RJ:  I wrote the part for Joe [Gordon-Levitt], so we had Joe set and really, my thoughts with casting Bruce were less about casting him specifically to be Older Joe but more, just because, I thought he’d be awesome for the part.  He’s a great actor and there’s also something about him being Bruce Willis that specifically works really well for this part where he comes in and you think he’s the traditional action star who’s going to find this bad guy and kill them and save the day, and then everything kind of turns from there.  Having Bruce bring all the “Bruce Willis-ness” of that to this role seemed really interesting to me, but then, after the fact, we had to deal with the fact that they look nothing alike, Bruce and Joe.  That’s when the prosthetics and Joe’s performance became really important, him picking up all the mannerisms of Bruce and the voice and the way he carries himself.  At the end of the day, that’s really what sells it and that’s all on Joe.

RR:  You said you wrote the role for Joseph Gordon-Levitt, what’s your relationship with him as an actor and director?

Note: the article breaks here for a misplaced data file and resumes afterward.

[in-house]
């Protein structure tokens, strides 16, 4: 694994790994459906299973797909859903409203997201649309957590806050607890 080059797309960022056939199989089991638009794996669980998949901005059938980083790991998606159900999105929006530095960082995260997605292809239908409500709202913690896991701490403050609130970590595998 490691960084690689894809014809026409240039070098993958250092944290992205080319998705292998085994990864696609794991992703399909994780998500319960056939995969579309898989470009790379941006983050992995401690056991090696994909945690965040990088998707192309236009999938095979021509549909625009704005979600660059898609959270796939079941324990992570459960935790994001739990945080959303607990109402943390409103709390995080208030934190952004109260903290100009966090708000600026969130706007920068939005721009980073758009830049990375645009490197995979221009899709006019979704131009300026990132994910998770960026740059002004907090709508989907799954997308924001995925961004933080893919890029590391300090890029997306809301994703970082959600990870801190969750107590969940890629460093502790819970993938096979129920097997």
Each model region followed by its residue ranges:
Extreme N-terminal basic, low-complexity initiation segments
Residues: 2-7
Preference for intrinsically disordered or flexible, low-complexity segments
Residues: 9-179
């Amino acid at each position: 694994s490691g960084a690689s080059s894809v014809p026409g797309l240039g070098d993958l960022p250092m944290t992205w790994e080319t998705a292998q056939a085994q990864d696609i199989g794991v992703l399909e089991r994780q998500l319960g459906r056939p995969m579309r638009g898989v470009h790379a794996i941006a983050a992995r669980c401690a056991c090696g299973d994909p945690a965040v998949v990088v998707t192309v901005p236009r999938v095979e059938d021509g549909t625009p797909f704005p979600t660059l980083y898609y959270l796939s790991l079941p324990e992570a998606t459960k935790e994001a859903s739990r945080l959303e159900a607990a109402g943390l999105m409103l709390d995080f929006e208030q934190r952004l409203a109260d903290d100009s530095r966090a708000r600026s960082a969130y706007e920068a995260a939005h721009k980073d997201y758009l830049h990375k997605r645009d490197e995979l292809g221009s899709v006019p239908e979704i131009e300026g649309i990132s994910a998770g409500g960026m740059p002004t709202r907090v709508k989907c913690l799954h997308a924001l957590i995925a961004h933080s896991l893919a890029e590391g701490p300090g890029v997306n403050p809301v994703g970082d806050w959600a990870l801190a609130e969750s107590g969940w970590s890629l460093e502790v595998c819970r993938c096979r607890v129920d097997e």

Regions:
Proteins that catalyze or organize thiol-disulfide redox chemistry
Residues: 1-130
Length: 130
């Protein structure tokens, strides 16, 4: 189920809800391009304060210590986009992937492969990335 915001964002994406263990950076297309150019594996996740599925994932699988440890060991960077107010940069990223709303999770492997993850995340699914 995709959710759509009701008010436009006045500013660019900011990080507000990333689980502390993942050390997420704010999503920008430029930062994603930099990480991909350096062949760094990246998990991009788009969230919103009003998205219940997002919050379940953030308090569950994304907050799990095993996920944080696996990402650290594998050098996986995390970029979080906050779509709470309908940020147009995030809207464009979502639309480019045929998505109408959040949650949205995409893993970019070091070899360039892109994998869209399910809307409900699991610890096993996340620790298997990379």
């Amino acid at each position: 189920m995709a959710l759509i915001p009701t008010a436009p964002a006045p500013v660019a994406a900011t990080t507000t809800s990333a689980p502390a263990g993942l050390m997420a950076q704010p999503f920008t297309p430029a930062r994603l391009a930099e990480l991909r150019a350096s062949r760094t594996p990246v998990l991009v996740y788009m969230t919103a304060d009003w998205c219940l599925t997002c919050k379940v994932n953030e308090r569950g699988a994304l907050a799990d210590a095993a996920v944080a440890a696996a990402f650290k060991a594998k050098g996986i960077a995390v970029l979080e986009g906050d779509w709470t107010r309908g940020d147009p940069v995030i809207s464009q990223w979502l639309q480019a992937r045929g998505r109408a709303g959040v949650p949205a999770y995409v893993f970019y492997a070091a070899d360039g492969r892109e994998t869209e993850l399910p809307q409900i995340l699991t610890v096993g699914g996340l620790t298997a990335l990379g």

RJ:  Well we’re really good friends!  We stayed really good friends since Brick; he’s one of my closest friends, so that’s always nice.  But we’re also friends who, whenever we get together and hang out, we’re usually, a lot of times, doing something creative whether it’s recording a song together or doing a short or talking about [Gordon-Levitt’s production company] hitRECord and sites or what have you.  We seem to connect over creative endeavors, so I guess we’re friends who really love working together, or people who love working together who are friends. Either one, haha.

RRBrick incorporated a number of noir elements into a modern day high school setting, and Looper takes a relatively different approach to sci-fi, is there something specific that you enjoy about challenging the conventions of these genres?

RJ:  Yea, I mean it always keeps it fresh to kind of infuse something new into it.  I love genre because it gives you a chessboard to play on, it gives you a set of expectations the audience has to play with.  Brick and Looper are very different in their approach to genre but, you’re right, they both take one genre and infuse it with another.  That’s something that’s kind of specific to sci-fi though, also, sci-fi is a genre that kind of demands to be infused, it’s hard to think of a straight sci-fi film, you always think of sci-fi noirs of sci-fi westerns.  Yea, it was a genre that kind of specifically demanded it as well.